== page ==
Two more photos from Nevin Taggart, a friend of mine who lives just outside Bushmills, in north County Antrim. I have been to north Antrim several times now. My McCain family lived there just before they emigrated from Ireland to Colonial America in 1718. I still have kinfolk there that I have visited, it is a very nice place.
Wednesday, December 29, 2010
Saturday, December 25, 2010
Thursday, December 23, 2010
Thursday, December 16, 2010
Wednesday, December 15, 2010
Dr William Roulston interviews me on the BBC Northern Ireland program, A Kist o Wurds. The interview details and how to hear it both on computer and the radio broadcast schedule are found at this link: BBC Northern Ireland
Many thanks to the BBC setting up this interview. They had to rent a studio on the Ole Miss Campus to do the interview.
Tuesday, December 14, 2010
I'll post a link tomorrow lads and lassies.
Friday, December 10, 2010
Wednesday, December 8, 2010
Monday, December 6, 2010
Tuesday, November 16, 2010
Interesting story below about actor Stephen Fry appearing on Ros Na Rún, which is a Irish language soap opera. I loathe the show myself, but watch it on occasion to practice my Gaelic. I love speaking Gaelic, hard to sum up exactly why. It is the McCain family's original language certainly. That has a lot to do with it. My McCains spoke a eastern dialect of Gaelic, Argyll Gaelic. Today I work mostly with Donegal dialect Gaelic, which has similarities to Argyll Gaelic. Speaking it has made my life interesting. Stephen Fry is best known for his role as Jeeves, in the PG Wodehouse, Jeeves and Wooster series.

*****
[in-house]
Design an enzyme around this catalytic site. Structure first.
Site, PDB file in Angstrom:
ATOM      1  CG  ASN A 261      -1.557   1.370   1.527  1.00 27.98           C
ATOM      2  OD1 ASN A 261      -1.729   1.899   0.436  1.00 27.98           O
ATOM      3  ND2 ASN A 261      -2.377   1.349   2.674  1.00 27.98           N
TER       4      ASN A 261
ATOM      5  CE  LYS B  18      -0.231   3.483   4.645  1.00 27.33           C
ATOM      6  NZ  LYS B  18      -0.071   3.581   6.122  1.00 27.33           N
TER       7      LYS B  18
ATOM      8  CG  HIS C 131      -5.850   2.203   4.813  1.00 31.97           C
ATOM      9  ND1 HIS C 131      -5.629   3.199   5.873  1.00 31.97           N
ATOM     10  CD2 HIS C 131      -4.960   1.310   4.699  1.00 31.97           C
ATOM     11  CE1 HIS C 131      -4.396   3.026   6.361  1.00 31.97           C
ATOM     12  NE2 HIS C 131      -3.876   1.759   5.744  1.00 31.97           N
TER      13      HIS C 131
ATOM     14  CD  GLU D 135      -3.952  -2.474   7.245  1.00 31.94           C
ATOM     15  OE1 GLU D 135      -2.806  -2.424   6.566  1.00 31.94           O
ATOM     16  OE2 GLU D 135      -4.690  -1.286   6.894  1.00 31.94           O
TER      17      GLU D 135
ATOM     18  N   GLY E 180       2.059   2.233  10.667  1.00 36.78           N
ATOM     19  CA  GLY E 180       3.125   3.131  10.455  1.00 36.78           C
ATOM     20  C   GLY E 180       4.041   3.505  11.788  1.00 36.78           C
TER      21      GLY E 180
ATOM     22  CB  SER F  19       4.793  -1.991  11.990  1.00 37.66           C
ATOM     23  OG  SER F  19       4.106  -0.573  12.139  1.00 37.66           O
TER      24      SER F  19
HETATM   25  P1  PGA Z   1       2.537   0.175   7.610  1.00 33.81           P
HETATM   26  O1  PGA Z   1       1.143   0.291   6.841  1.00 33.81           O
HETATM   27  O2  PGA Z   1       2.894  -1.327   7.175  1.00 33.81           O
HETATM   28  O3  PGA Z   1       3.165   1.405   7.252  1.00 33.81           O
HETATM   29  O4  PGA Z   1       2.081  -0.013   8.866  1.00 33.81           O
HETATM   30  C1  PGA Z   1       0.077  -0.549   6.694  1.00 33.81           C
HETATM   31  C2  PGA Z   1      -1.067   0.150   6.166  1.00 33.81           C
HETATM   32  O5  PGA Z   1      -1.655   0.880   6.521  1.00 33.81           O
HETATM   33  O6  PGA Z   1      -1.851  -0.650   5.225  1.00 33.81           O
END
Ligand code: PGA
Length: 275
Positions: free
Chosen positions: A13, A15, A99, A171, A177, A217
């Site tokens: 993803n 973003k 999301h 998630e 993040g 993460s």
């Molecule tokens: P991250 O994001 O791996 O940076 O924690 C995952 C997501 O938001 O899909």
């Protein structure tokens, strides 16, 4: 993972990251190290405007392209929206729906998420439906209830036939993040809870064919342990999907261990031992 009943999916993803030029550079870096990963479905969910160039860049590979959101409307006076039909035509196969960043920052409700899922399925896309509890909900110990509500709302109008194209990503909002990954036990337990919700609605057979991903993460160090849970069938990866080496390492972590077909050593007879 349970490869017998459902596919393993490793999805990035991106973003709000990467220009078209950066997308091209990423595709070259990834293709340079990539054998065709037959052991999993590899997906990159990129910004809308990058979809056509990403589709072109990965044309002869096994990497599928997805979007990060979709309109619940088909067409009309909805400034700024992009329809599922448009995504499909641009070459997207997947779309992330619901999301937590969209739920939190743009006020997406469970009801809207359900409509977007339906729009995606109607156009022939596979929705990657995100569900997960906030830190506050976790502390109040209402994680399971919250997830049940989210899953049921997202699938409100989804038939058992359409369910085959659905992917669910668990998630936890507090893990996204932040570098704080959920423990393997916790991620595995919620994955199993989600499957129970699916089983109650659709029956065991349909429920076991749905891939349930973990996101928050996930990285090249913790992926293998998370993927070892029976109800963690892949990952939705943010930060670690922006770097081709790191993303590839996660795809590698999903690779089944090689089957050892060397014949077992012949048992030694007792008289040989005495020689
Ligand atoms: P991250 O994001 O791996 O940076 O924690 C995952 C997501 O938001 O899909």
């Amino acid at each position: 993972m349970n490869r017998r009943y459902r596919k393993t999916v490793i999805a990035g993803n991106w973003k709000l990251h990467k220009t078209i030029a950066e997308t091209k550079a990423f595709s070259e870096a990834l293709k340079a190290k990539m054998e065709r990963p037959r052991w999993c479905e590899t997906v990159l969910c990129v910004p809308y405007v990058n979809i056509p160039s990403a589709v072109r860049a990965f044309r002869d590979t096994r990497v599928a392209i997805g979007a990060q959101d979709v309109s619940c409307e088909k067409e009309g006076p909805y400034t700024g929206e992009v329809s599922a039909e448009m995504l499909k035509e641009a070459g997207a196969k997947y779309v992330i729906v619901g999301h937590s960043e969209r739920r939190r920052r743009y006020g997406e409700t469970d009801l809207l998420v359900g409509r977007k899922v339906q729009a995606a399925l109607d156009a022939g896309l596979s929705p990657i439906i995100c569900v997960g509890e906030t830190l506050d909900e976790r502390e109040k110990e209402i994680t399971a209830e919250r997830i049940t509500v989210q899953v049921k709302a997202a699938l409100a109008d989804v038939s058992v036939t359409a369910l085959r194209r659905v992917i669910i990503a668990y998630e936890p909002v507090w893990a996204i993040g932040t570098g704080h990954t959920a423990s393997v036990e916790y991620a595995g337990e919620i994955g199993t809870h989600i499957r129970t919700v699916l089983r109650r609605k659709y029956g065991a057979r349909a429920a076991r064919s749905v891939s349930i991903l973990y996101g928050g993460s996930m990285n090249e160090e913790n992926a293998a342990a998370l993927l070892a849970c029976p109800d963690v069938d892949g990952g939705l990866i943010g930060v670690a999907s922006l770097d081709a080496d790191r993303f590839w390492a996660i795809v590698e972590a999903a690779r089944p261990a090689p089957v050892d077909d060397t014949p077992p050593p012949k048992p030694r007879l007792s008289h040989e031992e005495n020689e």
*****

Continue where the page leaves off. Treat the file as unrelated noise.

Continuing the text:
The quintessential British actor, Stephen Fry, is learning Irish - so he can take a part in the Irish language soap, Ros na Rún.
The actor and broadcaster will be coming to Galway early next month with a BBC film crew to shoot a new series on minority languages. Mr Fry has a special interest in Irish literature and is a scholar on James Joyce and Oscar Wilde. His new series takes him all over the world to document how minority languages are faring in the modern world. He has recently presented Stephen Fry’s America and is the regular host of Qi, has a huge interest in language and especially minority languages.
It is believed that Mr Fry was completely taken with the idea of an Irish language soap and was thrilled when he was not only invited onto the set, located in Spiddal village, but to take a part as ‘a special extra’. Scripwriters have written a small speaking part for the Englishman and from this week, Mr Fry will be learning his Irish script though he will be touching up on his accent when he actually gets to Galway.